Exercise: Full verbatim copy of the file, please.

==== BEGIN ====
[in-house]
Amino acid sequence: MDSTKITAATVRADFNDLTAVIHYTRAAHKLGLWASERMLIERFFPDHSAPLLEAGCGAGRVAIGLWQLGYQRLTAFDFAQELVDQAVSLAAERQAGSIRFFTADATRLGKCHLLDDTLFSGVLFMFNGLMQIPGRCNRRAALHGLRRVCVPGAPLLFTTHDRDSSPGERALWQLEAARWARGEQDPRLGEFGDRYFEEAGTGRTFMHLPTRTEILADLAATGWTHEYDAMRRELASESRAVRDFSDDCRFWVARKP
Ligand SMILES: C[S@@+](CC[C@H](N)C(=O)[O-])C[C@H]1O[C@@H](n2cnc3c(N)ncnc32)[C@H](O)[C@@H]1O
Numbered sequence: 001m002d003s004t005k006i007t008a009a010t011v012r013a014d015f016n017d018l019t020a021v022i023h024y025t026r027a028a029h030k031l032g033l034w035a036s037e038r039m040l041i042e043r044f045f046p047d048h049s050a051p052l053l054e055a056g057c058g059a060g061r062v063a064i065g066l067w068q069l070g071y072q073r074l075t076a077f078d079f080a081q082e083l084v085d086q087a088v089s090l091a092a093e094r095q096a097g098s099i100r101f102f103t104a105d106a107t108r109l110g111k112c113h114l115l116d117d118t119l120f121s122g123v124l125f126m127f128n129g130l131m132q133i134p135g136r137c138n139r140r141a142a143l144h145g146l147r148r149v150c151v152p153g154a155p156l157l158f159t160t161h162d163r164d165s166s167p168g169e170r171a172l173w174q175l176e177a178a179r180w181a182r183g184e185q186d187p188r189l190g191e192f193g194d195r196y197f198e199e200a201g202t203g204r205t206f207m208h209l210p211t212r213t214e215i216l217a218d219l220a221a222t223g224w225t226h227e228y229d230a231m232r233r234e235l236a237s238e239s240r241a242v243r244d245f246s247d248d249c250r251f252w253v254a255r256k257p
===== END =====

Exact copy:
[in-house]
Amino acid sequence: MDSTKITAATVRADFNDLTAVIHYTRAAHKLGLWASERMLIERFFPDHSAPLLEAGCGAGRVAIGLWQLGYQRLTAFDFAQELVDQAVSLAAERQAGSIRFFTADATRLGKCHLLDDTLFSGVLFMFNGLMQIPGRCNRRAALHGLRRVCVPGAPLLFTTHDRDSSPGERALWQLEAARWARGEQDPRLGEFGDRYFEEAGTGRTFMHLPTRTEILADLAATGWTHEYDAMRRELASESRAVRDFSDDCRFWVARKP
Ligand SMILES: C[S@@+](CC[C@H](N)C(=O)[O-])C[C@H]1O[C@@H](n2cnc3c(N)ncnc32)[C@H](O)[C@@H]1O
Numbered sequence: 001m002d003s004t005k006i007t008a009a010t011v012r013a014d015f016n017d018l019t020a021v022i023h024y025t026r027a028a029h030k031l032g033l034w035a036s037e038r039m040l041i042e043r044f045f046p047d048h049s050a051p052l053l054e055a056g057c058g059a060g061r062v063a064i065g066l067w068q069l070g071y072q073r074l075t076a077f078d079f080a081q082e083l084v085d086q087a088v089s090l091a092a093e094r095q096a097g098s099i100r101f102f103t104a105d106a107t108r109l110g111k112c113h114l115l116d117d118t119l120f121s122g123v124l125f126m127f128n129g130l131m132q133i134p135g136r137c138n139r140r141a142a143l144h145g146l147r148r149v150c151v152p153g154a155p156l157l158f159t160t161h162d163r164d165s166s167p168g169e170r171a172l173w174q175l176e177a178a179r180w181a182r183g184e185q186d187p188r189l190g191e192f193g194d195r196y197f198e199e200a201g202t203g204r205t206f207m208h209l210p211t212r213t214e215i216l217a218d219l220a221a222t223g224w225t226h227e228y229d230a231m232r233r234e235l236a237s238e239s240r241a242v243r244d245f246s247d248d249c250r251f252w253v254a255r256k257p